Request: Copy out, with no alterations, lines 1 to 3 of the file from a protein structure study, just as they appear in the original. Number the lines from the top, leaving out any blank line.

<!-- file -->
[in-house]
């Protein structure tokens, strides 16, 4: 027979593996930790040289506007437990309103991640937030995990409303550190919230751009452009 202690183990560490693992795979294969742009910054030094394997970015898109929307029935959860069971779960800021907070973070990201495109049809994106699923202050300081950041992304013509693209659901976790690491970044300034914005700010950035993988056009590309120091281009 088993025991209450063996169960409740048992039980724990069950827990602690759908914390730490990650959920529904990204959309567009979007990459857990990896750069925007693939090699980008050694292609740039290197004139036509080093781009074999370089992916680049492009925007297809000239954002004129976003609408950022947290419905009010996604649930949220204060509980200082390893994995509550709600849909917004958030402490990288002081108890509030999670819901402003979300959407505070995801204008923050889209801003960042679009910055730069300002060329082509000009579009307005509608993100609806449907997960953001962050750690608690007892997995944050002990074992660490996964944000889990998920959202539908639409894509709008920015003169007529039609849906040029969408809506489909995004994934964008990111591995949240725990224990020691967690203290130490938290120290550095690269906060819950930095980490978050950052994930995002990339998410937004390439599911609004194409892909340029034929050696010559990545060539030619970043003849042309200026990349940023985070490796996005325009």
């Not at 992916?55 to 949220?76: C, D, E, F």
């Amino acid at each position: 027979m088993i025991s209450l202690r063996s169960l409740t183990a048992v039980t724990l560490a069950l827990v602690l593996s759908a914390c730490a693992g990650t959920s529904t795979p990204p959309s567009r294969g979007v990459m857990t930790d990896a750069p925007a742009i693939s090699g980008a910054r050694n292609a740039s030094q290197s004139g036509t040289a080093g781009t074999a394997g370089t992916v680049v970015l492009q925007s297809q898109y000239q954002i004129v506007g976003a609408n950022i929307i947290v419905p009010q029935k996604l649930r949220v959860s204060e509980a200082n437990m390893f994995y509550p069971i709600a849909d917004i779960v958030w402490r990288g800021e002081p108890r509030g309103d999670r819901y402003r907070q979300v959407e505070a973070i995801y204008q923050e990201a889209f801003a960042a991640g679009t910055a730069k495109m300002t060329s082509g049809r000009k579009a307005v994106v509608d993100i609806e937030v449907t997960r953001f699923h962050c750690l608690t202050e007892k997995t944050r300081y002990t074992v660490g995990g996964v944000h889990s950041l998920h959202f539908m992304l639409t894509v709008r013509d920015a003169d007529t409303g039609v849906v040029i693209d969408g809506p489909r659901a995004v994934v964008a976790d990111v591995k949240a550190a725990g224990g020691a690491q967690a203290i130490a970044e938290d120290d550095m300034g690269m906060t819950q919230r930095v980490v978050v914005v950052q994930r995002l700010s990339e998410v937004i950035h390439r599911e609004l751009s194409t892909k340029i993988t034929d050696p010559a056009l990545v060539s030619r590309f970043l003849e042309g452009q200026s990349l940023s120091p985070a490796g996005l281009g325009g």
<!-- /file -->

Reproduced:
[in-house]
């Protein structure tokens, strides 16, 4: 027979593996930790040289506007437990309103991640937030995990409303550190919230751009452009 202690183990560490693992795979294969742009910054030094394997970015898109929307029935959860069971779960800021907070973070990201495109049809994106699923202050300081950041992304013509693209659901976790690491970044300034914005700010950035993988056009590309120091281009 088993025991209450063996169960409740048992039980724990069950827990602690759908914390730490990650959920529904990204959309567009979007990459857990990896750069925007693939090699980008050694292609740039290197004139036509080093781009074999370089992916680049492009925007297809000239954002004129976003609408950022947290419905009010996604649930949220204060509980200082390893994995509550709600849909917004958030402490990288002081108890509030999670819901402003979300959407505070995801204008923050889209801003960042679009910055730069300002060329082509000009579009307005509608993100609806449907997960953001962050750690608690007892997995944050002990074992660490996964944000889990998920959202539908639409894509709008920015003169007529039609849906040029969408809506489909995004994934964008990111591995949240725990224990020691967690203290130490938290120290550095690269906060819950930095980490978050950052994930995002990339998410937004390439599911609004194409892909340029034929050696010559990545060539030619970043003849042309200026990349940023985070490796996005325009």
């Not at 992916?55 to 949220?76: C, D, E, F």